However, it really depends on the type of trickle charger you purchase. Some trickle chargers work effectively like smart chargers and do not continue to charge up your battery. To figure out what type of trickle charger you might be buying, make sure you read the manufacturer’s directions and product description. That way you can tell if you’ve purchased a trickle charger that will detect when the battery is full and shut off, or if you purchased a continuous trickle charger.
Smart chargers are capable of recharging lithium motorcycle batteries because they are entirely automatic. Keep in mind that certain trickle chargers can also do this, but all smart chargers always do this. That means you’ll never have to waste your time monitoring the battery charger while it does its work. Instead, you’ll be able to leave your motorcycle battery on the smart charger, and the battery charger will take care of everything else.
Differences Between Smart Chargers and Trickle Chargers
To make the differences between these two types of motorcycle chargers a bit clearer, we are going to break down the differences between smart chargers and trickle chargers below. Smart chargers and trickle chargers are different because:
- Smart chargers and trickle chargers have different power charging times. A smart charger feeds current to the motorcycle battery much faster than a trickle charger.
- Trickle chargers have to be monitored and then removed once the battery reaches a full charge. If you don’t perform these actions with a trickle charger, then you’ll wind up decreasing your battery’s charging capabilities because the battery’s bank will be overfed. A smart charger, however, automatically adjusts the current and does not need to be monitored.
- Smart chargers work much more quickly than trickle chargers do. With a smart charger, the battery will be able to start the engine after you’ve plugged in the charger. However, a trickle charger won’t be nearly as powerful, and you’ll have to leave the trickle charger on for a while before you can start the motorcycle.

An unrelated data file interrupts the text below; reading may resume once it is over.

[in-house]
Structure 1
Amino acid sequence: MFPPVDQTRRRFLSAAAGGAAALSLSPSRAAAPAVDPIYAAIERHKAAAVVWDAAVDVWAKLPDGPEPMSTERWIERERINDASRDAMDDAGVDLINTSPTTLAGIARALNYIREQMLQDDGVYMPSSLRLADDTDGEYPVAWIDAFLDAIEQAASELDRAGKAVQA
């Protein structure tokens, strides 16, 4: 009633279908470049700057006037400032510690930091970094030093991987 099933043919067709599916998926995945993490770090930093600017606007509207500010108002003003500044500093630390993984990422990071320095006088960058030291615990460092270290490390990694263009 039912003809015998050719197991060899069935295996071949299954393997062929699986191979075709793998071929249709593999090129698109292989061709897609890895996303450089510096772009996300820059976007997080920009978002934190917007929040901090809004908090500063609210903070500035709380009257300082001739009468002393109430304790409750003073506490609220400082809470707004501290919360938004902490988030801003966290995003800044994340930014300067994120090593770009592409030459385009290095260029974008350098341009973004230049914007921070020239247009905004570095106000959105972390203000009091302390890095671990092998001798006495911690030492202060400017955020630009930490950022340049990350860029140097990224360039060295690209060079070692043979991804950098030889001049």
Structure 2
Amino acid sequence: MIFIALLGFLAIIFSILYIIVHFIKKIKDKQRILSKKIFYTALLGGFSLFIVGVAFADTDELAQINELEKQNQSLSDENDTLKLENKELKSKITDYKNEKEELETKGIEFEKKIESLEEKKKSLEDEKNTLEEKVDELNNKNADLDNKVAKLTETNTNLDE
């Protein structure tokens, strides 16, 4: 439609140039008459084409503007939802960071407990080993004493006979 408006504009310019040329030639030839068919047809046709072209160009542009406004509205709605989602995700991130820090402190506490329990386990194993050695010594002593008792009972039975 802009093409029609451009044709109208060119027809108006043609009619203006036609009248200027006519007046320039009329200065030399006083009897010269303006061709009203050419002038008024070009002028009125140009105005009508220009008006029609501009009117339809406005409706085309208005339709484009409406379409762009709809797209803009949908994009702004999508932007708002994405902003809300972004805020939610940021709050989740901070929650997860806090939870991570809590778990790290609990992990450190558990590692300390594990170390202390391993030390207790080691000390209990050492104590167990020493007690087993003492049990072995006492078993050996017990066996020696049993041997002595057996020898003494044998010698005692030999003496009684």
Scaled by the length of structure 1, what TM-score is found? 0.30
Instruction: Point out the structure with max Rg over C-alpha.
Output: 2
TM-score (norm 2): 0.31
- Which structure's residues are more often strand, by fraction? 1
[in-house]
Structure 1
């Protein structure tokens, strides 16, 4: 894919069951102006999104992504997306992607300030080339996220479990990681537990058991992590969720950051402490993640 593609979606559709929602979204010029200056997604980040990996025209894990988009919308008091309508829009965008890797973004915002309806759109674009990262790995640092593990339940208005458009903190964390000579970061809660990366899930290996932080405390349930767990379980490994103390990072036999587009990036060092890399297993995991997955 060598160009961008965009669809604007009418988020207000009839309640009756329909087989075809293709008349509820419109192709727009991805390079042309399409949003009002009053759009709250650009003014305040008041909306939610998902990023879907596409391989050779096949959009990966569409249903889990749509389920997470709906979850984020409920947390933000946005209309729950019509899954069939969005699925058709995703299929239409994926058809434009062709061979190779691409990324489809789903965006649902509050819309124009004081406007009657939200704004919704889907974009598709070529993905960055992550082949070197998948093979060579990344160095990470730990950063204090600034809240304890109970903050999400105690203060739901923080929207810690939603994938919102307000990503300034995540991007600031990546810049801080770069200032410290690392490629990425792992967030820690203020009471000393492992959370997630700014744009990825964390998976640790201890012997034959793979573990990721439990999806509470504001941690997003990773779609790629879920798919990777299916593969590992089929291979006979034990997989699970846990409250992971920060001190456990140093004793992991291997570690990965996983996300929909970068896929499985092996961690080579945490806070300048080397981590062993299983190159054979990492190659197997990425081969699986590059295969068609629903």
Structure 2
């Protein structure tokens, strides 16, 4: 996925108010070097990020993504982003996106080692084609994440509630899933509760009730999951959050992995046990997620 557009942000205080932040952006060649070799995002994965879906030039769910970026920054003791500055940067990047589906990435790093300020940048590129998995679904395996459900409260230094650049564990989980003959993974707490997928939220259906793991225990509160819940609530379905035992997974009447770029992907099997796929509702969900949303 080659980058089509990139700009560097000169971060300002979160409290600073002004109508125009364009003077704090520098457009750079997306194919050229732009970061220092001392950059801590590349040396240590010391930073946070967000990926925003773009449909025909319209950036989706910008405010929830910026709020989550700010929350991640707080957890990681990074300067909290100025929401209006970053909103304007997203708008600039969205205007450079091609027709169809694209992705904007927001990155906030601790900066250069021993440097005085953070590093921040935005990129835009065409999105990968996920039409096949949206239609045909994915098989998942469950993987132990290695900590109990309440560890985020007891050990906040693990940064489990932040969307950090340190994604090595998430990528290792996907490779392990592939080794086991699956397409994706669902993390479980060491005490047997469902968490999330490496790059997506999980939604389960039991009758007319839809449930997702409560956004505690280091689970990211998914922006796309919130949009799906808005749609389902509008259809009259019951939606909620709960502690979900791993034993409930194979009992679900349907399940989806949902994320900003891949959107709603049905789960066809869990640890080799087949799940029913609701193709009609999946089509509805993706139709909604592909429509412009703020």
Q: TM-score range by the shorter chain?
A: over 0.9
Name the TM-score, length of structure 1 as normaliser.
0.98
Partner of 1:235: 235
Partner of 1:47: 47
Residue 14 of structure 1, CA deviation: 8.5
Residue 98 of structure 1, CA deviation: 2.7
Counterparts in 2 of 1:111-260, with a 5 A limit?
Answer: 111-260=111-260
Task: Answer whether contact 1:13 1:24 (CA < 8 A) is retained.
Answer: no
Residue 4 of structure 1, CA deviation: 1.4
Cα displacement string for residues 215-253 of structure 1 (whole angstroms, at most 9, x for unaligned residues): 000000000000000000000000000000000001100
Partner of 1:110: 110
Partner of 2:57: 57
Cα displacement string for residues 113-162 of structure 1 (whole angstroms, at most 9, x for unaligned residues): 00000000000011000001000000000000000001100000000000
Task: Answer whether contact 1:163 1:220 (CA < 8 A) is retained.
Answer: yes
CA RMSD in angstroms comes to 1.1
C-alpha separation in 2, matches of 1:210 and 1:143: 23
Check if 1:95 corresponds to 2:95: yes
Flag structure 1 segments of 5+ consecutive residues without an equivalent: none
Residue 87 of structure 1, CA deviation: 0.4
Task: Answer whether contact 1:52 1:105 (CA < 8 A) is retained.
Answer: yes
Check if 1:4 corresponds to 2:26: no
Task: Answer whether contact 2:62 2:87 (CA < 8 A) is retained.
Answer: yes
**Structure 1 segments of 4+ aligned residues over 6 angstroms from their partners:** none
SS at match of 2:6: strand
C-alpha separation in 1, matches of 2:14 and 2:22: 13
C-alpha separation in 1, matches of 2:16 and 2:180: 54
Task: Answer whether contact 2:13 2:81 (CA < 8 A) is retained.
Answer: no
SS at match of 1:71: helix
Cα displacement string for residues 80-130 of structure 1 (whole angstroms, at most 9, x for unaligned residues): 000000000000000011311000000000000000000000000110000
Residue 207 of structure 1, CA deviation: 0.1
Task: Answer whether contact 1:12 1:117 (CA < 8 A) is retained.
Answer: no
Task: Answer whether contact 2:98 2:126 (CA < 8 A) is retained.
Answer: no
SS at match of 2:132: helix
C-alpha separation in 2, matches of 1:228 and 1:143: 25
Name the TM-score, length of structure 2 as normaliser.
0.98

- A trickle charger can only fill half full power banks. However, a smart charger can supply all of the power banks and balance them out automatically, saving you a lot of time and effort.
Another charger option you’ll have when it comes to your lithium motorcycle battery is a solar charger. However, if you are shopping on a budget, a solar charger might be a bit expensive. Still, purchasing a solar charger isn’t a bad idea, because you’ll eventually get back the money you invest in your motorcycle over time. That’s because you won’t need to use your electricity to power up your motorcycle battery.
If you are the type of person that parks your motorcycle in your yard or garage and covers it while you aren’t using it for long periods, then a solar battery charger might be an excellent option for both you and your bike. A solar battery charger on a motorcycle trickle charges your motorcycle’s battery using the energy it pulls from the sun. Solar chargers are capable of keeping a motorcycle’s battery healthy while charging it during the offseason.
Solar chargers are excellent options for people that often park their motorcycles in areas that don’t have easy access to electricity. Do you like taking your motorcycle on camping trips, for instance? If that’s the case, and you like to hit the road for days at a time, then spending the extra money on a solar charger would be an excellent idea. You’ll never have to worry about charging your motorcycle while you are on the road for days.
Plus, solar chargers also come with weatherproof connectors and are built to do well in extreme climates. Keep in mind that the use of a solar charger won’t be a fast process when it comes to charging up your motorcycle. However, it’s still a very effective way to maintain a healthy battery.
Can You Use a Standard Automotive Trickle Charger?
Some people wonder if they can charge their lithium motorcycle battery with a standard automotive workshop trickle charger. The answer to that question depends on a few things. You actually can use a standard automotive workshop charger with your lithium battery if your lithium battery’s manufacturer says that you can. So, to find out the answer to this question, you’ll need to look at the guidelines and instructions you received with your battery.
In most cases, however, unless your battery manufacturer’s guidelines state you can do so, you otherwise won’t be able to use a standard automotive workshop trickle charger with your lithium motorcycle battery. To help you understand how to maintain your lithium motorcycle battery better, we’ve included a few tips below.
- When you are storing your battery during the winter, you want to ensure that you’ve fully charged it. Your charge should be at 13.2 volts or more. If your battery isn’t at that charge yet, then you’ll need to recharge it.
- If your smart charger is in a desulfation stage, remember to keep it plugged in until the entire desulfation process is completed. Disconnecting too soon during the desulfation process can do irreparable damage to your battery.